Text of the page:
Authorities Were Warned about Extremist Fundraising Online but Did Not Seem to Hear

If financial support for the “freedom convoy” surprised politicians and law enforcement, it was because they often focus on speech without considering other elements of the online ecosystem.

February 9, 2022
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Banners are placed by the fence of Parliament Hill, amid the continuing protests in Ottawa, Ontario, Canada, February 5, 2022. (Lars Hagberg/REUTERS)

Much remains unclear about the individuals and groups gathered in Ottawa for the past 10 days to protest vaccine mandates and other measures designed to prevent the spread of COVID-19. What is clear is that some waved Nazi and Confederate flags. It’s also clear they could not have stayed this long without significant financial support. That financial support came through a fundraiser for “Freedom Convoy 2022” hosted on GoFundMe — funds since cut off amid the controversy.

If that financial support surprised politicians and law enforcement, it was because they often focus on online speech without considering how other elements of the online ecosystem can promote hate or even violence in the offline world. I testified about this in May 2019 before the Standing Committee on Justice and Human Rights. Here is the exact paragraph from my testimony:

It is also valuable to move beyond individual pieces of content. How, for example, do we deal with ecosystems and infrastructures that enable the financing of extremist speech? For example, one member of the Canadian far right tried to use GoFundMe to raise money for an appeal against a libel suit. The ruling in that case, written by Ontario Supreme Court Justice Jane Ferguson, called the far-right man’s words “hate speech at its worst.” Only after complaints was the campaign removed. Such fundraising by extremist figures that violates a platform’s terms of service is a common occurrence; the campaigns are often only removed after platforms are alerted by civil society. This example is one illustration that law is a vital part of these discussions, but we should remember that it covers one small part of harmful speech online.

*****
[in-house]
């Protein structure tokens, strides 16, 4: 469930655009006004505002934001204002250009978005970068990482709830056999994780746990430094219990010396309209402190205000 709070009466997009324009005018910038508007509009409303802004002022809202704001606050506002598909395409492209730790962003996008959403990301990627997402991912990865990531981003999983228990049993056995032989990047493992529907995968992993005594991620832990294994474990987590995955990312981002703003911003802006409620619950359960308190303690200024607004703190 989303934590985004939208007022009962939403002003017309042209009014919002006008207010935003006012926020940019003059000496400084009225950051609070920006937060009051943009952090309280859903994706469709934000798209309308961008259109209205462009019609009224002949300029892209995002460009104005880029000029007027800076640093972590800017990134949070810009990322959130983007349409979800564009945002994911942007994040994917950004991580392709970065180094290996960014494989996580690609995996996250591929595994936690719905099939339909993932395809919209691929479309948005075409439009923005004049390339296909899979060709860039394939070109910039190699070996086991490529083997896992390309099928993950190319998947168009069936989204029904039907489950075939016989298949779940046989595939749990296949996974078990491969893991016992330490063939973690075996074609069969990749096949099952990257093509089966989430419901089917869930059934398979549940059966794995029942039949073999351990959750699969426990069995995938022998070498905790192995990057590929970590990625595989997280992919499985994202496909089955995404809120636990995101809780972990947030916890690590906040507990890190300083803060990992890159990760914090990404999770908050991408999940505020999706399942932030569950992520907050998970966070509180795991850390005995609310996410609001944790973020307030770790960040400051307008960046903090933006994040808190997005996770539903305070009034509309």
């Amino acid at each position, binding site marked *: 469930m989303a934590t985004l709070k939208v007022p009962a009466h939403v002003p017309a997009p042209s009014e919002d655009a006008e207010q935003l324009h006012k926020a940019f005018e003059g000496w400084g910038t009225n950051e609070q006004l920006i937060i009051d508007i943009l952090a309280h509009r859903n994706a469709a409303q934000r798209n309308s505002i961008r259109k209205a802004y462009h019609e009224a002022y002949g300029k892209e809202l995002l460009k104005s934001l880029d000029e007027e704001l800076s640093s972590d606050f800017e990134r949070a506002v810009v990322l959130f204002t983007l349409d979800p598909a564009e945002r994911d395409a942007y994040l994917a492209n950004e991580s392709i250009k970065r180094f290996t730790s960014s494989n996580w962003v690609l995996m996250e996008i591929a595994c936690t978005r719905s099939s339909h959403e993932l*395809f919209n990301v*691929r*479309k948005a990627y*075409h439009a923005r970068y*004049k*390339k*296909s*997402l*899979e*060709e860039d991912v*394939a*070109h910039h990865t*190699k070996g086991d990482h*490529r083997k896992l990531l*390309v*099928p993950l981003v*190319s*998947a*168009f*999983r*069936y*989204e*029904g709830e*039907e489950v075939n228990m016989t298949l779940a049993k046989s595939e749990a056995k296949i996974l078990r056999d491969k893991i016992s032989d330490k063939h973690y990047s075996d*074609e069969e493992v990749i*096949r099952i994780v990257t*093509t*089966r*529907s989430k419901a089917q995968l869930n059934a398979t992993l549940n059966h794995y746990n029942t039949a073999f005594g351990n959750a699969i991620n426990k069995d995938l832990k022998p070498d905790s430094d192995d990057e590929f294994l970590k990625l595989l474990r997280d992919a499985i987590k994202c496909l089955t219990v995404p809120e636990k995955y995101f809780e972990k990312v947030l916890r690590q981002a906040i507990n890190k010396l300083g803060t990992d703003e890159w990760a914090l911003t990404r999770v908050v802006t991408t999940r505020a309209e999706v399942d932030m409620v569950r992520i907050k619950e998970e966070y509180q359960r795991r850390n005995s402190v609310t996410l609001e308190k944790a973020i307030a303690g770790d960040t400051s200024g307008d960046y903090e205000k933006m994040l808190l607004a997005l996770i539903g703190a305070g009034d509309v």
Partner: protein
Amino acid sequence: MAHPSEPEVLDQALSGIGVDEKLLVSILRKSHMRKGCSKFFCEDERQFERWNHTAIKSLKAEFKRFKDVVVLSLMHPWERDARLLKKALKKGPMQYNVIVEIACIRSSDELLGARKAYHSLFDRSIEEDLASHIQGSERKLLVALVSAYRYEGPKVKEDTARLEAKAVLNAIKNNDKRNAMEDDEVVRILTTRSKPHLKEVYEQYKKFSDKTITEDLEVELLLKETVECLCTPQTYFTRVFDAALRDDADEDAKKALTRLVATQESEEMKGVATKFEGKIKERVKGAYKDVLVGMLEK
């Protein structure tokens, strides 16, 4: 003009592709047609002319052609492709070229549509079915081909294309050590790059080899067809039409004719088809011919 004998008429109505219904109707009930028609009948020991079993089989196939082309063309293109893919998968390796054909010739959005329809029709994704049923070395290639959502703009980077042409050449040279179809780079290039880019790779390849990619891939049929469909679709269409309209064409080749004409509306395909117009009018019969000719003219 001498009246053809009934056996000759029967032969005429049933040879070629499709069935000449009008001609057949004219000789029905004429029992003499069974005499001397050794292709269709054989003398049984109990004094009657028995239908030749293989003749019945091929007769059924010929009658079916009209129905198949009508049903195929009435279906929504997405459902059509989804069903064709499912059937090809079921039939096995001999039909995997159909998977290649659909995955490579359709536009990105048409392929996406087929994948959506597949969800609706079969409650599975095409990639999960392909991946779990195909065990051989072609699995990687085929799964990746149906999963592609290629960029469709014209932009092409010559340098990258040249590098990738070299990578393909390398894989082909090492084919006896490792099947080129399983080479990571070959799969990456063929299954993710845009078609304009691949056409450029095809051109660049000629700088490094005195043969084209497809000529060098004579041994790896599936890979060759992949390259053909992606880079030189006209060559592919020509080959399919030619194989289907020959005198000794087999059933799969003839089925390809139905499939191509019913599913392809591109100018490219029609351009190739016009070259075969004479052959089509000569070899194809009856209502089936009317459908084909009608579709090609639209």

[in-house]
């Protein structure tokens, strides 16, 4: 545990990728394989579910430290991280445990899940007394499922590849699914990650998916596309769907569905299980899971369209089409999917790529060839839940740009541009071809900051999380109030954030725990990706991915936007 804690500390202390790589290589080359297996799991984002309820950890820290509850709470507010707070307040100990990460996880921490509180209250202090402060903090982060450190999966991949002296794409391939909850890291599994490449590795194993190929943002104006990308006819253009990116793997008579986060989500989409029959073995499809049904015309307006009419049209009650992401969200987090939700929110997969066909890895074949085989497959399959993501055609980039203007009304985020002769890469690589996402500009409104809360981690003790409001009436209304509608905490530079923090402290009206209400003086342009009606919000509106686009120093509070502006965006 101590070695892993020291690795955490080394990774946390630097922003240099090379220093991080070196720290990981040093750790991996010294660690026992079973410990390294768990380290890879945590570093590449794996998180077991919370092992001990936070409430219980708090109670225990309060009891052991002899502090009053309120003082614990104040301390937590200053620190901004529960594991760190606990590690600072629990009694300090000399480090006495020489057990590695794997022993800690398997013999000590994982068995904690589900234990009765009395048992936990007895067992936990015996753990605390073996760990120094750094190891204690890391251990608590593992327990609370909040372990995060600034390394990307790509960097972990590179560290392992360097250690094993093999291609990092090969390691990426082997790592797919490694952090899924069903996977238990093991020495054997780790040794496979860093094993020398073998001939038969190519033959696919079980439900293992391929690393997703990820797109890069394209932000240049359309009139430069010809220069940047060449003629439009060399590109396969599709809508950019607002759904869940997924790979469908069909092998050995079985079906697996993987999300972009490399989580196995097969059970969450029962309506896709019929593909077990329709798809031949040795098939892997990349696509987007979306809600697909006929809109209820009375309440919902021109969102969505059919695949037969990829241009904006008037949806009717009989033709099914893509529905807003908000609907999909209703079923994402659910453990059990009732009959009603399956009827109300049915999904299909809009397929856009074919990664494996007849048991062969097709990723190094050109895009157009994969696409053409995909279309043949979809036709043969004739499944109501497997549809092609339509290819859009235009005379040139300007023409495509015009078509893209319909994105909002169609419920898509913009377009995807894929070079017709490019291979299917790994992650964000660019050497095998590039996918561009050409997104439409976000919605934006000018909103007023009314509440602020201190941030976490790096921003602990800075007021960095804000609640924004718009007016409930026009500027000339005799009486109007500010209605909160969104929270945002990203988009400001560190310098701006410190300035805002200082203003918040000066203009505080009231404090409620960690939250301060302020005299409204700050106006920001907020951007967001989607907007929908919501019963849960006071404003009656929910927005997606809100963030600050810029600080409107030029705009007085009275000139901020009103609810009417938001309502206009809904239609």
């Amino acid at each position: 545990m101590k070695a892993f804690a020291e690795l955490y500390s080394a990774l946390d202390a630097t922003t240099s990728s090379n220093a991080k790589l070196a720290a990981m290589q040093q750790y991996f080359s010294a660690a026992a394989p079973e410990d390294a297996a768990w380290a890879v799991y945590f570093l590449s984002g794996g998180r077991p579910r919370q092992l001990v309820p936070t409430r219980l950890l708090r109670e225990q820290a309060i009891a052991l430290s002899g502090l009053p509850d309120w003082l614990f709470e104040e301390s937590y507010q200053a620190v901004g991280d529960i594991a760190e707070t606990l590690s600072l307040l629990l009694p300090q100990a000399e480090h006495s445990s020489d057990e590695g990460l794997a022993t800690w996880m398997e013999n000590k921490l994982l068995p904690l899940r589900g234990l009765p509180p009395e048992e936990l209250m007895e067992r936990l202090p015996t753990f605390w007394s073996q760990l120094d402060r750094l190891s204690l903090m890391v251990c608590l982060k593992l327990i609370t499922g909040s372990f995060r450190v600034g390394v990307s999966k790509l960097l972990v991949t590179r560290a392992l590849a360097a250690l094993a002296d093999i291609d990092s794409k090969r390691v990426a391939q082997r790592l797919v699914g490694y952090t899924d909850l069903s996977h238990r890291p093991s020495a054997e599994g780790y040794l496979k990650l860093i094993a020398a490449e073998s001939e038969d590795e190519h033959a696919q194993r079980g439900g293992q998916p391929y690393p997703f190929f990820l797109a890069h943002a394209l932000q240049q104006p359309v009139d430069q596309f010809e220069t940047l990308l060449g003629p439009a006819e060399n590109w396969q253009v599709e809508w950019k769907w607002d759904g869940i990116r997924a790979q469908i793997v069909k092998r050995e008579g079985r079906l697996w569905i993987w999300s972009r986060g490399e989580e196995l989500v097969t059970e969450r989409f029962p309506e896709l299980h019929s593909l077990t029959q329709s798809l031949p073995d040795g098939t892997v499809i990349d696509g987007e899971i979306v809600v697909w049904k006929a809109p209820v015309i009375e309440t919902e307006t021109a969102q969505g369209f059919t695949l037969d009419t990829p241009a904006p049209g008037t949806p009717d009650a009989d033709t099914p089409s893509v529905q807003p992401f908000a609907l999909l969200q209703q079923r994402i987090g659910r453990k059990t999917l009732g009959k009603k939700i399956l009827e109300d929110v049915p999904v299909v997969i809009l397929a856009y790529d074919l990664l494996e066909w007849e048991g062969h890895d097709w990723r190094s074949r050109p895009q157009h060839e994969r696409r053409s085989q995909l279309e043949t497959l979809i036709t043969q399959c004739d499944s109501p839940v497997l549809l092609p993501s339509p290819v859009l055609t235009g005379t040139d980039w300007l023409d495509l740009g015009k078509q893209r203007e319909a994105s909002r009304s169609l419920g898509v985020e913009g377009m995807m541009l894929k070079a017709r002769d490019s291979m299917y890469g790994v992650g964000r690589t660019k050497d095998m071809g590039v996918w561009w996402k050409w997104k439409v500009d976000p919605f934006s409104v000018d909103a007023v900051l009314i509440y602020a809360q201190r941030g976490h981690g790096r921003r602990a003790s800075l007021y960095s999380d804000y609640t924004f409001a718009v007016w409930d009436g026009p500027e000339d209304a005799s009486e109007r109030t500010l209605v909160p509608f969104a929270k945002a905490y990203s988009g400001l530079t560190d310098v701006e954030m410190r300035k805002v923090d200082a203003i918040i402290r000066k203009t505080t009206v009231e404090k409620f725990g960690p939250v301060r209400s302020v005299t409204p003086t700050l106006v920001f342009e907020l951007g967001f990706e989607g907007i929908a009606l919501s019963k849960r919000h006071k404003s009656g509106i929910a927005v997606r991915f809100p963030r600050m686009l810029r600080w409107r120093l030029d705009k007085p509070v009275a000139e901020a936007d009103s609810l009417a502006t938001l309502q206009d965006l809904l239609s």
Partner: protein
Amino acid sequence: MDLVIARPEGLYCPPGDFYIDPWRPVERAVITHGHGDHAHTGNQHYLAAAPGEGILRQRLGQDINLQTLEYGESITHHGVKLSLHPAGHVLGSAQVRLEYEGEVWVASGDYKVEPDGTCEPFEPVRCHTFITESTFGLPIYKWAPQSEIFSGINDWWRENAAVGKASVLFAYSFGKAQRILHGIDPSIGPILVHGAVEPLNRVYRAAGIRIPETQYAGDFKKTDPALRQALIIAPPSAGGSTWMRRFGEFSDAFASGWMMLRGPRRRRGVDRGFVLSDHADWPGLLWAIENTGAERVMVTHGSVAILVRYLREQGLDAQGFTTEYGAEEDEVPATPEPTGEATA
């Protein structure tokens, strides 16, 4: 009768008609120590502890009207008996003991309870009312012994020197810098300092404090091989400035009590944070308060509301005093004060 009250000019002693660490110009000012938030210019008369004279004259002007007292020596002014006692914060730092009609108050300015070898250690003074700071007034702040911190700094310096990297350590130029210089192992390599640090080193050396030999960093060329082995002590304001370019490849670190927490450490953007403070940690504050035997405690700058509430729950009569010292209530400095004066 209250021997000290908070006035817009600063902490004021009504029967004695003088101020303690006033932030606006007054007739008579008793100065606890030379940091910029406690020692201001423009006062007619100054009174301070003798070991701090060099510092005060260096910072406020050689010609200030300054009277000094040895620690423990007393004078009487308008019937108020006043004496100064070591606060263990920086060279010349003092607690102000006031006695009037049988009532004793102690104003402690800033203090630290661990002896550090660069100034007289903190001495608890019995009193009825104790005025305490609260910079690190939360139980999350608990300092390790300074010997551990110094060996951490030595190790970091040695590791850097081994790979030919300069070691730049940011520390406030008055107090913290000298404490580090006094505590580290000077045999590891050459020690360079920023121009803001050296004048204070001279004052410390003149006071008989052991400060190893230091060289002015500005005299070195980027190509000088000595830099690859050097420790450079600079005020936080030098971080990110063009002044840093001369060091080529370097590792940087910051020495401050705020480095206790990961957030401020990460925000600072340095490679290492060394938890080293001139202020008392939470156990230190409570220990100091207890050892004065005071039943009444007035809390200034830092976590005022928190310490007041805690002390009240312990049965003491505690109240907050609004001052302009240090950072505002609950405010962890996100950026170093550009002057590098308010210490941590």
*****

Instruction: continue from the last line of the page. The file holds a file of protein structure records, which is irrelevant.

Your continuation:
Crowdsourced fundraising for hate is not new to Canada. GoFundMe has played a role for some years, as the example in my testimony pointed out. Obviously, many factors have influenced what is happening in Ottawa. But money has played a huge role. How might the entire situation have played out differently if policy makers had paid attention to and better regulated those funding ecosystems earlier? 

GoFundMe’s slow reactions have fundamentally changed the course of the convoy’s occupation of Ottawa. The company initially released $1 million of the $10 million raised by the organizers, only suspending the fundraiser for violating its terms of service on February 4, 2022. That was six days after the convoy had reached Ottawa. The organizers had plenty of cash and plenty of time. Bizarrely, GoFundMe had initially planned to “work with organizers to send all remaining funds to credible and established charities chosen by the Freedom Convoy 2022 organizers and verified by GoFundMe.” The company swiftly changed to providing automatic refunds “due to donor feedback.”

The problem is not that politicians were not warned. It is that they did not seem to pay attention. The Standing Committee on Justice and Human Rights released its final report, entitled Taking Action to End Online Hate, in June 2019. The report does not mention GoFundMe or crowdsourced fundraising.